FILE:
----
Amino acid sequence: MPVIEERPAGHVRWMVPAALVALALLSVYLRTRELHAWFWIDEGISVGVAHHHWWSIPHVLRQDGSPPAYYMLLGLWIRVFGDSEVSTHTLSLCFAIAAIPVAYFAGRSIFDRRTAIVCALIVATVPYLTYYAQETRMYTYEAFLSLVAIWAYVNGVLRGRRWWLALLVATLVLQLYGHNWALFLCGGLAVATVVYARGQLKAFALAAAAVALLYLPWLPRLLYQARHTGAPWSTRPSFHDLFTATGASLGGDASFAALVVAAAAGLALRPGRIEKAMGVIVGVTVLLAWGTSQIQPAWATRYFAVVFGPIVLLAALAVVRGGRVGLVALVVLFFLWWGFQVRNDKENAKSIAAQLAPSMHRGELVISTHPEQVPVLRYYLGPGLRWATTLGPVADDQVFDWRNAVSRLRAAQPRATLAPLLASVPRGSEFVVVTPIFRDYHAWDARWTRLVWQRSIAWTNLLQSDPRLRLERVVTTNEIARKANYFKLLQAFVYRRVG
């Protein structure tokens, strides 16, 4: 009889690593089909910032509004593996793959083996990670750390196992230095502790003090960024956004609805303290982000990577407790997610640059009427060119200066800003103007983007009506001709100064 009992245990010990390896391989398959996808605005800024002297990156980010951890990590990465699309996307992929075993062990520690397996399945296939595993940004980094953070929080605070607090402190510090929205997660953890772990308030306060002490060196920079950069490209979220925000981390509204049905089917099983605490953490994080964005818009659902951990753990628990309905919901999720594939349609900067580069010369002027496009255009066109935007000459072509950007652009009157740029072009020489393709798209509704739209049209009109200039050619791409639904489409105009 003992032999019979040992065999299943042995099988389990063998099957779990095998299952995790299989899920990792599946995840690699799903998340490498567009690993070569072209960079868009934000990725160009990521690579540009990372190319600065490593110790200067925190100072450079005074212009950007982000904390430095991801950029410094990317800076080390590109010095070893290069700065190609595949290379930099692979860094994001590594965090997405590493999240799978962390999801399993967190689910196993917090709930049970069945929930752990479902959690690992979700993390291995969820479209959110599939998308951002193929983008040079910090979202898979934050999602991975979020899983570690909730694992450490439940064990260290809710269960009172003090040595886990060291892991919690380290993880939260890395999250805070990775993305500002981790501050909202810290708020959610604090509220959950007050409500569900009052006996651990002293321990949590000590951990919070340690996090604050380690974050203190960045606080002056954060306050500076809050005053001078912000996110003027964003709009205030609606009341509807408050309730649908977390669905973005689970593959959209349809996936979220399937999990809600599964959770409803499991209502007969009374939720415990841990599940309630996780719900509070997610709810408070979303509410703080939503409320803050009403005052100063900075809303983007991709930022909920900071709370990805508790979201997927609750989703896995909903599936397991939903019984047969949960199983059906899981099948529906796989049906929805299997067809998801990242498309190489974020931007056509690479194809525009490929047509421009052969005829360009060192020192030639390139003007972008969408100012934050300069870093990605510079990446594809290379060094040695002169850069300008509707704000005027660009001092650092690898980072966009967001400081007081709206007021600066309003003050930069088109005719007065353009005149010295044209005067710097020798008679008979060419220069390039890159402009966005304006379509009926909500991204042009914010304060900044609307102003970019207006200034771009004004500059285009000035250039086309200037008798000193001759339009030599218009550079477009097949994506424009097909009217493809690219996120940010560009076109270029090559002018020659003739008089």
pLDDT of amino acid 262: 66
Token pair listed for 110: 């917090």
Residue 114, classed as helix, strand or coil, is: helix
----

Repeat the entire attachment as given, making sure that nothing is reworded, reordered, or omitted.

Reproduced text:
Amino acid sequence: MPVIEERPAGHVRWMVPAALVALALLSVYLRTRELHAWFWIDEGISVGVAHHHWWSIPHVLRQDGSPPAYYMLLGLWIRVFGDSEVSTHTLSLCFAIAAIPVAYFAGRSIFDRRTAIVCALIVATVPYLTYYAQETRMYTYEAFLSLVAIWAYVNGVLRGRRWWLALLVATLVLQLYGHNWALFLCGGLAVATVVYARGQLKAFALAAAAVALLYLPWLPRLLYQARHTGAPWSTRPSFHDLFTATGASLGGDASFAALVVAAAAGLALRPGRIEKAMGVIVGVTVLLAWGTSQIQPAWATRYFAVVFGPIVLLAALAVVRGGRVGLVALVVLFFLWWGFQVRNDKENAKSIAAQLAPSMHRGELVISTHPEQVPVLRYYLGPGLRWATTLGPVADDQVFDWRNAVSRLRAAQPRATLAPLLASVPRGSEFVVVTPIFRDYHAWDARWTRLVWQRSIAWTNLLQSDPRLRLERVVTTNEIARKANYFKLLQAFVYRRVG
């Protein structure tokens, strides 16, 4: 009889690593089909910032509004593996793959083996990670750390196992230095502790003090960024956004609805303290982000990577407790997610640059009427060119200066800003103007983007009506001709100064 009992245990010990390896391989398959996808605005800024002297990156980010951890990590990465699309996307992929075993062990520690397996399945296939595993940004980094953070929080605070607090402190510090929205997660953890772990308030306060002490060196920079950069490209979220925000981390509204049905089917099983605490953490994080964005818009659902951990753990628990309905919901999720594939349609900067580069010369002027496009255009066109935007000459072509950007652009009157740029072009020489393709798209509704739209049209009109200039050619791409639904489409105009 003992032999019979040992065999299943042995099988389990063998099957779990095998299952995790299989899920990792599946995840690699799903998340490498567009690993070569072209960079868009934000990725160009990521690579540009990372190319600065490593110790200067925190100072450079005074212009950007982000904390430095991801950029410094990317800076080390590109010095070893290069700065190609595949290379930099692979860094994001590594965090997405590493999240799978962390999801399993967190689910196993917090709930049970069945929930752990479902959690690992979700993390291995969820479209959110599939998308951002193929983008040079910090979202898979934050999602991975979020899983570690909730694992450490439940064990260290809710269960009172003090040595886990060291892991919690380290993880939260890395999250805070990775993305500002981790501050909202810290708020959610604090509220959950007050409500569900009052006996651990002293321990949590000590951990919070340690996090604050380690974050203190960045606080002056954060306050500076809050005053001078912000996110003027964003709009205030609606009341509807408050309730649908977390669905973005689970593959959209349809996936979220399937999990809600599964959770409803499991209502007969009374939720415990841990599940309630996780719900509070997610709810408070979303509410703080939503409320803050009403005052100063900075809303983007991709930022909920900071709370990805508790979201997927609750989703896995909903599936397991939903019984047969949960199983059906899981099948529906796989049906929805299997067809998801990242498309190489974020931007056509690479194809525009490929047509421009052969005829360009060192020192030639390139003007972008969408100012934050300069870093990605510079990446594809290379060094040695002169850069300008509707704000005027660009001092650092690898980072966009967001400081007081709206007021600066309003003050930069088109005719007065353009005149010295044209005067710097020798008679008979060419220069390039890159402009966005304006379509009926909500991204042009914010304060900044609307102003970019207006200034771009004004500059285009000035250039086309200037008798000193001759339009030599218009550079477009097949994506424009097909009217493809690219996120940010560009076109270029090559002018020659003739008089």
pLDDT of amino acid 262: 66
Token pair listed for 110: 């917090």
Residue 114, classed as helix, strand or coil, is: helix